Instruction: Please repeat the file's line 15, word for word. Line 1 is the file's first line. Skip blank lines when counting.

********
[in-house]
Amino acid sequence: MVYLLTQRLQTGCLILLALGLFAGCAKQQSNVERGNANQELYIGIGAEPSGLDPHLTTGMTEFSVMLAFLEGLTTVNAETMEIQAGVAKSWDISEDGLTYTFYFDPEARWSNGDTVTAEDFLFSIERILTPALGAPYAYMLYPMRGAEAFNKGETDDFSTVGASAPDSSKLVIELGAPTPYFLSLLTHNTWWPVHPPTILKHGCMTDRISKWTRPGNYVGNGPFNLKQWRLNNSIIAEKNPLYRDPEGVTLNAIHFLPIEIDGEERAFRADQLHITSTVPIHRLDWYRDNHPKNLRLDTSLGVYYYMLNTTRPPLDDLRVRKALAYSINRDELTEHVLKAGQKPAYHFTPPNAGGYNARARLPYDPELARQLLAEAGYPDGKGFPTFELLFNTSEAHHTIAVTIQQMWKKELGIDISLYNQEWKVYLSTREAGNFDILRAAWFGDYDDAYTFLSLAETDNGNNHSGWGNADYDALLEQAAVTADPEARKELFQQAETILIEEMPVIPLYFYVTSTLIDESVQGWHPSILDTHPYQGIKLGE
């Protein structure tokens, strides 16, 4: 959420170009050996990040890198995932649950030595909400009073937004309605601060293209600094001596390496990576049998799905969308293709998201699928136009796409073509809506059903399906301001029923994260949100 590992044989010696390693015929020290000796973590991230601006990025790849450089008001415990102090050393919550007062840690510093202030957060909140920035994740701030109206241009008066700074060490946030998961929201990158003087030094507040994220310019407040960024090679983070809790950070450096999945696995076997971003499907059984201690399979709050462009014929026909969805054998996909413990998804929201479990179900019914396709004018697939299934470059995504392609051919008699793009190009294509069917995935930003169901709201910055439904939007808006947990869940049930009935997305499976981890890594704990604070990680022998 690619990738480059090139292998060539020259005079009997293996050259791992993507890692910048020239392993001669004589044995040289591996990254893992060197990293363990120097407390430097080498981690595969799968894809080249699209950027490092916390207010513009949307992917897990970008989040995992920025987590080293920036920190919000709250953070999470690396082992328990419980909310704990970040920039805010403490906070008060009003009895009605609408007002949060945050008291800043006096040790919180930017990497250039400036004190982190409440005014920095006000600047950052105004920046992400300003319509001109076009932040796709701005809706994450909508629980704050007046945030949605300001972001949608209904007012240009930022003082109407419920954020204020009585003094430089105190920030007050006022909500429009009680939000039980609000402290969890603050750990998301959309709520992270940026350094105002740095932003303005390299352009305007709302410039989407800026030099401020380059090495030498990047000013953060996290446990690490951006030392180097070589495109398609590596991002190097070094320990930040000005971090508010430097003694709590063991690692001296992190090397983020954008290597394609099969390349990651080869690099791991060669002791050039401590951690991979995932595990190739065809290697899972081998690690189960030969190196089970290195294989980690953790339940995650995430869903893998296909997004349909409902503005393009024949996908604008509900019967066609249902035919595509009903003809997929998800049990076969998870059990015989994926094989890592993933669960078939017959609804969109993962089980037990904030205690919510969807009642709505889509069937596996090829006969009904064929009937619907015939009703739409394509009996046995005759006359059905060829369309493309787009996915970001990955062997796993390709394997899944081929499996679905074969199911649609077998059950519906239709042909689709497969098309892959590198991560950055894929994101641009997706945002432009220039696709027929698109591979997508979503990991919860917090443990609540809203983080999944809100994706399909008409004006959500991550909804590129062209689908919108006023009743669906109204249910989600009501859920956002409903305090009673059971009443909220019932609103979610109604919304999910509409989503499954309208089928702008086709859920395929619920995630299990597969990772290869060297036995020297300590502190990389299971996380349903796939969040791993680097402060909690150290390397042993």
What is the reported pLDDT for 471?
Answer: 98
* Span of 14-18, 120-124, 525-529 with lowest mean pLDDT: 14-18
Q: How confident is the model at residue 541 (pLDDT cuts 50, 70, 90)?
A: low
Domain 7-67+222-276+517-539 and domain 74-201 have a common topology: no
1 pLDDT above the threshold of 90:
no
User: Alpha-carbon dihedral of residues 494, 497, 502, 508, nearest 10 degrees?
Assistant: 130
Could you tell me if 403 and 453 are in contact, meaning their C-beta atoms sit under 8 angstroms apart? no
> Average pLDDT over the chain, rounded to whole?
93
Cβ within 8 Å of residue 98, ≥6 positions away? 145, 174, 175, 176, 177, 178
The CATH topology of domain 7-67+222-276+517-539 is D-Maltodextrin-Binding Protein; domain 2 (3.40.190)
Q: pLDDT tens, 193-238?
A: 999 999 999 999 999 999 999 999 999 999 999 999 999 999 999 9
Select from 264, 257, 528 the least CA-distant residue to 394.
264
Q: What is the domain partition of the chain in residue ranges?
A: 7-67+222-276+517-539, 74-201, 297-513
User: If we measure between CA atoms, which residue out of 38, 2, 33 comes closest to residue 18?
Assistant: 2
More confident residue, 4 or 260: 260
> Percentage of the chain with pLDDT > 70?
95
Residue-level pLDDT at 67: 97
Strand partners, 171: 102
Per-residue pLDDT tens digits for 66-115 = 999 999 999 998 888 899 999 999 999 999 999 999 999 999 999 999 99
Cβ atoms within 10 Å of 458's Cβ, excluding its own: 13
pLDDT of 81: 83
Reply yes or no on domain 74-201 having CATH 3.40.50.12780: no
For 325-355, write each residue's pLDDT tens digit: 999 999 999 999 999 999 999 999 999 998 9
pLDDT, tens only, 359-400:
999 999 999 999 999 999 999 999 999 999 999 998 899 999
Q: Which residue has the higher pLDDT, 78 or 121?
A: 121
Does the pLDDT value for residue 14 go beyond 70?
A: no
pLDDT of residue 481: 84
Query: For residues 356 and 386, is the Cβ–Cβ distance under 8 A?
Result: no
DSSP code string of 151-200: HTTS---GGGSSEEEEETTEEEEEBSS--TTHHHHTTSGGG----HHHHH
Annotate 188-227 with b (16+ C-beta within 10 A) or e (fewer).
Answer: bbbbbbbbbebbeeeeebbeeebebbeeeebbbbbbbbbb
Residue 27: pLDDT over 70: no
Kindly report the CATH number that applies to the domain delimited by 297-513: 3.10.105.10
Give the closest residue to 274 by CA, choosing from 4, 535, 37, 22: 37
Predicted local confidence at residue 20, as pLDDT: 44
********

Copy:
> Average pLDDT over the chain, rounded to whole?